Adding to this, today’s world economy is heavily dependent upon fossil fuels, ancient stores of carbon-based energy which are extracted, and spent once with costly consequences for the composition of our atmosphere. Observing this system, we see that materials and resources move from extraction → production → consumption → waste. This is the linear system of the world’s economy today, it is shockingly wasteful and a fundamentally unsustainable way to design our society, both from an environmental and from a value-generation perspective.
How can we move from a linear to a circular economy – how can we close the loop?
‘Closing the loop’ sounds a bit like the recent mantra ‘flatten the curve’ but, looking beyond the immediate challenges we face with the pandemic, closing the loop should be our utmost priority if we are to safeguard our future environment and prosperity. The challenge of making linear processes circular may seem daunting, but there are many stages and points of focus which are already in full flow in various places around the world. Let’s take a look at some of these…
Renewable Energy transition: For most of you, it may not be surprising that the first large component is the transition of our energy systems. Clearly, it is vital for us to move away from fossil fuel dependency, but this is not something that will happen overnight or without a determined effort from everyone with a voice, a vote, and a wallet. Let us support and encourage the journey to renewable energy that many communities and countries, including France, have started in some form or another. This will ensure that the energy we use is part of a regenerative system that is built to last.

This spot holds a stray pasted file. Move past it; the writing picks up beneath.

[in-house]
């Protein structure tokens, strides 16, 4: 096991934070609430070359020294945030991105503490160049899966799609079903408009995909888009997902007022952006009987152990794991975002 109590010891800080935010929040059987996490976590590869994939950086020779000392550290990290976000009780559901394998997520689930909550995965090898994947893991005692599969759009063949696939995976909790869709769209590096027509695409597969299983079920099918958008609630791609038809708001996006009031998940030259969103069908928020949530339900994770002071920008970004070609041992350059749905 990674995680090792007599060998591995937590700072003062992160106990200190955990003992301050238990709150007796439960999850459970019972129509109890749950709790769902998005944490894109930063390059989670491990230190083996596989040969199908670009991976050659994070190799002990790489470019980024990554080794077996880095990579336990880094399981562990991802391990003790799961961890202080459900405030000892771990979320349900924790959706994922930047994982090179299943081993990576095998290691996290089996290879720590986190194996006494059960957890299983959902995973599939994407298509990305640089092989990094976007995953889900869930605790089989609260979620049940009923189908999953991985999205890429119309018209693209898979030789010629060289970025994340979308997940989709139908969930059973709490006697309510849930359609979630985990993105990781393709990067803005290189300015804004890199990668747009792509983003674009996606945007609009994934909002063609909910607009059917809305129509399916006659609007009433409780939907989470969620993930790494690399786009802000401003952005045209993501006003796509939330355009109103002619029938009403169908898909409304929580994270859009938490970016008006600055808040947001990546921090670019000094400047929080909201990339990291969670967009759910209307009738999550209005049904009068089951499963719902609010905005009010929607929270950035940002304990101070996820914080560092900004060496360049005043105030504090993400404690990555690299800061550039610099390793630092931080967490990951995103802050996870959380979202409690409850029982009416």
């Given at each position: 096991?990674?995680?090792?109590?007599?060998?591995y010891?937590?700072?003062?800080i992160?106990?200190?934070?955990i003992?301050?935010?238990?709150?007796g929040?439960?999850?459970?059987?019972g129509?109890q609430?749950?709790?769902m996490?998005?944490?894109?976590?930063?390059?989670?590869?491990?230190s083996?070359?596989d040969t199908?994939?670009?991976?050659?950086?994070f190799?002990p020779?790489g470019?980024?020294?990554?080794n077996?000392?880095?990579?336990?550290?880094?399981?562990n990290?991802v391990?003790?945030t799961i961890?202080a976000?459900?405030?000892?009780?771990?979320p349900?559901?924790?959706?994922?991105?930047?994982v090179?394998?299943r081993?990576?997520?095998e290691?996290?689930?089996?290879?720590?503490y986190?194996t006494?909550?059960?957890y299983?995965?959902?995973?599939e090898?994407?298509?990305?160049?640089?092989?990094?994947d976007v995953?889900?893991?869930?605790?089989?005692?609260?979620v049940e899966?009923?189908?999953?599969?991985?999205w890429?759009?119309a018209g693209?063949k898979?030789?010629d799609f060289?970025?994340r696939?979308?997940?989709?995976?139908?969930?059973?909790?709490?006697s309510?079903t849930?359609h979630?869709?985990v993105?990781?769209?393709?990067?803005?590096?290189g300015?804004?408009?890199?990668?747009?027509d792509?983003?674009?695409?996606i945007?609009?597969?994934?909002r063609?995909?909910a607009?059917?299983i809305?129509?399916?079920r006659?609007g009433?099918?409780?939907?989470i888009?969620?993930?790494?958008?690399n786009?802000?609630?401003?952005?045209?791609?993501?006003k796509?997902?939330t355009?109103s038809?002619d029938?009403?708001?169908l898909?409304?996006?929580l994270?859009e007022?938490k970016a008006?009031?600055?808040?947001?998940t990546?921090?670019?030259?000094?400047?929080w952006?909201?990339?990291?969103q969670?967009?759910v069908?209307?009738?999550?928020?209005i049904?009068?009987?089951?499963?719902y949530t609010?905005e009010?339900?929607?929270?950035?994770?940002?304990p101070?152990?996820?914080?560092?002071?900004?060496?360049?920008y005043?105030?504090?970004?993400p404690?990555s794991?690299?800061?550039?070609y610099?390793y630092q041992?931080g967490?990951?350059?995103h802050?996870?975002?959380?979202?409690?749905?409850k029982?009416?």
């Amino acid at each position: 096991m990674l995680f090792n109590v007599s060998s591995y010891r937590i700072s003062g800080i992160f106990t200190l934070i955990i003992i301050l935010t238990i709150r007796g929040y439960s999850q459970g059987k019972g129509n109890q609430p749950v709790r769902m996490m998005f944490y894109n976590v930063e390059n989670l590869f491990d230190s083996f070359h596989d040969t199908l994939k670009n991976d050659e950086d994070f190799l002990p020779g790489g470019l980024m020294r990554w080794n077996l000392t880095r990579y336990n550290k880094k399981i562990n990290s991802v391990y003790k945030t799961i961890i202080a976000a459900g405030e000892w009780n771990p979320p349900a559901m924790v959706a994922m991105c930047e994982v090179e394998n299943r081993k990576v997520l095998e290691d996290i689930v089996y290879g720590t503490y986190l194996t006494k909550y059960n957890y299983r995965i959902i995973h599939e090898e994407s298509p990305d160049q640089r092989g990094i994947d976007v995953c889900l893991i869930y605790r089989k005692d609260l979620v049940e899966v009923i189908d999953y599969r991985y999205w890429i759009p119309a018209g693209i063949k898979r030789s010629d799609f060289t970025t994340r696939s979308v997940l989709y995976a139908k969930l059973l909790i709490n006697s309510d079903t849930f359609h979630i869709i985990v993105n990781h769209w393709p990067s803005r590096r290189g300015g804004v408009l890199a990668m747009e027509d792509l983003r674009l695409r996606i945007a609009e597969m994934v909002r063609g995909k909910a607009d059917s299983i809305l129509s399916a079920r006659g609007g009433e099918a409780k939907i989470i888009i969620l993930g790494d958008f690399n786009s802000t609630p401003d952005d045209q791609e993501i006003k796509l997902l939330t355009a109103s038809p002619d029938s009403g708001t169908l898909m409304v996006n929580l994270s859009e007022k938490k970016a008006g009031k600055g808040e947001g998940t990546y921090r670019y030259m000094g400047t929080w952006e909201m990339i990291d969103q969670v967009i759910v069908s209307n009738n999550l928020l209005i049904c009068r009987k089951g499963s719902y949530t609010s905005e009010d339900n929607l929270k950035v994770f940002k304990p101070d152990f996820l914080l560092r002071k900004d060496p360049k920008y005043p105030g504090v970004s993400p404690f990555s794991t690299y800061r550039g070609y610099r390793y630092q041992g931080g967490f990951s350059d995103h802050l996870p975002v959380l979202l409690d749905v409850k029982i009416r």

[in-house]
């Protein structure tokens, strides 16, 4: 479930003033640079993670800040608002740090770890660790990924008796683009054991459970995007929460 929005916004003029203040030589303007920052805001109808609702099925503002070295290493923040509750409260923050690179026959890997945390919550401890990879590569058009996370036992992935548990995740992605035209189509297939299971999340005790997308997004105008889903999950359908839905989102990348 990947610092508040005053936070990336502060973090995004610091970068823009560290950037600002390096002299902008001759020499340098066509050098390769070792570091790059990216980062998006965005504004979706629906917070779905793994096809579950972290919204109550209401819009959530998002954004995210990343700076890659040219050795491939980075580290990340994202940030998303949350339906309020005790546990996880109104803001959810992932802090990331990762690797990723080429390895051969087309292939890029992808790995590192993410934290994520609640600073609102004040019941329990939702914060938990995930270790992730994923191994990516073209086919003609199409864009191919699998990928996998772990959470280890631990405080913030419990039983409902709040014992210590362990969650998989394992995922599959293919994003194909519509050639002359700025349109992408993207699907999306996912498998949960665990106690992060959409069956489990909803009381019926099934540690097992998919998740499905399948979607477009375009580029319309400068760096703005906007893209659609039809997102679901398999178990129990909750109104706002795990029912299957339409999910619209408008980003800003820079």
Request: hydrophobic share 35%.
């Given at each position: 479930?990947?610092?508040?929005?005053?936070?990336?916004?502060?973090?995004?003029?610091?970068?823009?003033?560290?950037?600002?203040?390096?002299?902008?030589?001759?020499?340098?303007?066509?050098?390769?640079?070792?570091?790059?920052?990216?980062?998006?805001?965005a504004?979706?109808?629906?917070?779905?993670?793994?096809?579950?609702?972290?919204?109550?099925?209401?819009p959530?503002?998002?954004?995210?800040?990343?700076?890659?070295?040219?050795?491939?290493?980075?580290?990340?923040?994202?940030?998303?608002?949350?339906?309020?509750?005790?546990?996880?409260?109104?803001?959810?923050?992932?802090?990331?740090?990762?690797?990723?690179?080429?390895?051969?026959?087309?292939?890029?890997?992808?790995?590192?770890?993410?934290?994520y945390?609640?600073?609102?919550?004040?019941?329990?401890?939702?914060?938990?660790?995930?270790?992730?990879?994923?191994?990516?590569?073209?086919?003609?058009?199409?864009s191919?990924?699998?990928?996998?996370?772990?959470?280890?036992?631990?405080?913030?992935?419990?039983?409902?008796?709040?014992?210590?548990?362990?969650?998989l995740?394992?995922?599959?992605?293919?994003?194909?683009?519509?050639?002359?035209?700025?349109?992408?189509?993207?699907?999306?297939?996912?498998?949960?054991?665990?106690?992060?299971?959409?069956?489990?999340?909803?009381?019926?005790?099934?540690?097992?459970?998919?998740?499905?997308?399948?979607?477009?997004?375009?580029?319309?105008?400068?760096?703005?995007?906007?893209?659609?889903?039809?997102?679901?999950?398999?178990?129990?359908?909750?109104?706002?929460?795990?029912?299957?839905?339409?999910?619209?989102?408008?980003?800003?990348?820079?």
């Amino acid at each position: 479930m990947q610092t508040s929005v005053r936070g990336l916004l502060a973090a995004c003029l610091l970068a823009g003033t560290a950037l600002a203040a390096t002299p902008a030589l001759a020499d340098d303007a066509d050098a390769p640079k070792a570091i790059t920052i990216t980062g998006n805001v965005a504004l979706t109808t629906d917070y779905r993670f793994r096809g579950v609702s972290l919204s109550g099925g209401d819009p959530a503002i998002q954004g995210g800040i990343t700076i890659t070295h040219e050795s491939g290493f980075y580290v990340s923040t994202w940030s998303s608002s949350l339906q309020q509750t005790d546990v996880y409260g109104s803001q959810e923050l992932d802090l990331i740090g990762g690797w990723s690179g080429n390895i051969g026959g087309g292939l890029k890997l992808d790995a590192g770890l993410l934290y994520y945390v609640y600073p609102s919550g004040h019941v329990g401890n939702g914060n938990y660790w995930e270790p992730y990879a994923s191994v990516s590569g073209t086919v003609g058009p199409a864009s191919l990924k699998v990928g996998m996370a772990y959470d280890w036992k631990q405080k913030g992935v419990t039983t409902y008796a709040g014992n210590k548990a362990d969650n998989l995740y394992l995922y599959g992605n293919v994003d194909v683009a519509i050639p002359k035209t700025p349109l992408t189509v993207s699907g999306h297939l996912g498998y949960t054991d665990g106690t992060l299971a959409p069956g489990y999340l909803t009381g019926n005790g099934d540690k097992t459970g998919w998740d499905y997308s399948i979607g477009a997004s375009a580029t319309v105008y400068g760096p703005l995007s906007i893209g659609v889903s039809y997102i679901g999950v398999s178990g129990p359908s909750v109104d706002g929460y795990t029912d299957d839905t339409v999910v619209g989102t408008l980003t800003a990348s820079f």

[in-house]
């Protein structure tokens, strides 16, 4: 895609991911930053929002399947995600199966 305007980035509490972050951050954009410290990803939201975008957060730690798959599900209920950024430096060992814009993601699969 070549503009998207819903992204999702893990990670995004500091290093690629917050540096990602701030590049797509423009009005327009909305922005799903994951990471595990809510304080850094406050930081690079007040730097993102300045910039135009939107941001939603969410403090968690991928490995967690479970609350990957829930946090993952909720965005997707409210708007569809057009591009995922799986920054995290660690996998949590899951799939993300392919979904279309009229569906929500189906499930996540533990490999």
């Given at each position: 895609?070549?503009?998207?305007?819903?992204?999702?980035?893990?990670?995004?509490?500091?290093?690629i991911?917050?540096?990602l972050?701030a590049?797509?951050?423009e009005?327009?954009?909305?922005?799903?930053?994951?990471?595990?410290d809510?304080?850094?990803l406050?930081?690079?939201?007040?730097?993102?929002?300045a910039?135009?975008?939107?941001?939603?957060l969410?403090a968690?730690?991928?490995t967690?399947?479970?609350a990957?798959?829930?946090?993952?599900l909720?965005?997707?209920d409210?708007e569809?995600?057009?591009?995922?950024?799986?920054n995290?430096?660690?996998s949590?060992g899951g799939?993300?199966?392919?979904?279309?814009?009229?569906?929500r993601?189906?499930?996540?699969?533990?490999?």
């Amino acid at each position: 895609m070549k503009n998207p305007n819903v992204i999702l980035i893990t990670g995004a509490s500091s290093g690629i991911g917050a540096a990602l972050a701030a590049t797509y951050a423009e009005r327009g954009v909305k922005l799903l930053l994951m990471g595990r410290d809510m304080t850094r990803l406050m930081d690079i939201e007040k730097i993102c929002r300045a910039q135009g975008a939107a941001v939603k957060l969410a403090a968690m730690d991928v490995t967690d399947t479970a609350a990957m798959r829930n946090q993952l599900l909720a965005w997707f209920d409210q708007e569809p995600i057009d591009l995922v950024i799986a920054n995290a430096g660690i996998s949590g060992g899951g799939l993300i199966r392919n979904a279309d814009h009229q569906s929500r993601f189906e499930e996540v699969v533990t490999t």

Regenerative food systems: As many of our readers are aware, the majority of today’s mass agricultural practices are both unsustainable and unsuitable for the challenges of tomorrow. Not only does heavy rotation mono-crop farming lead to long term soil degradation that will make vast swathes of arable land non-viable for food production in the coming decades, but up to 30% of food is thrown away in its journey from farm to fork. This colossal amount of food waste is estimated to account for ¼ of commercial water usage and to 8% of total greenhouse emissions. Many innovative agro-economists are finding ways to push more efficient and environmentally compatible systems. To name a few, these include biodiverse agricultural practices, permaculture, and ai/machine learning supply chain analysis to minimize food waste. The short documentary below highlights some great examples, and is also beautifully shot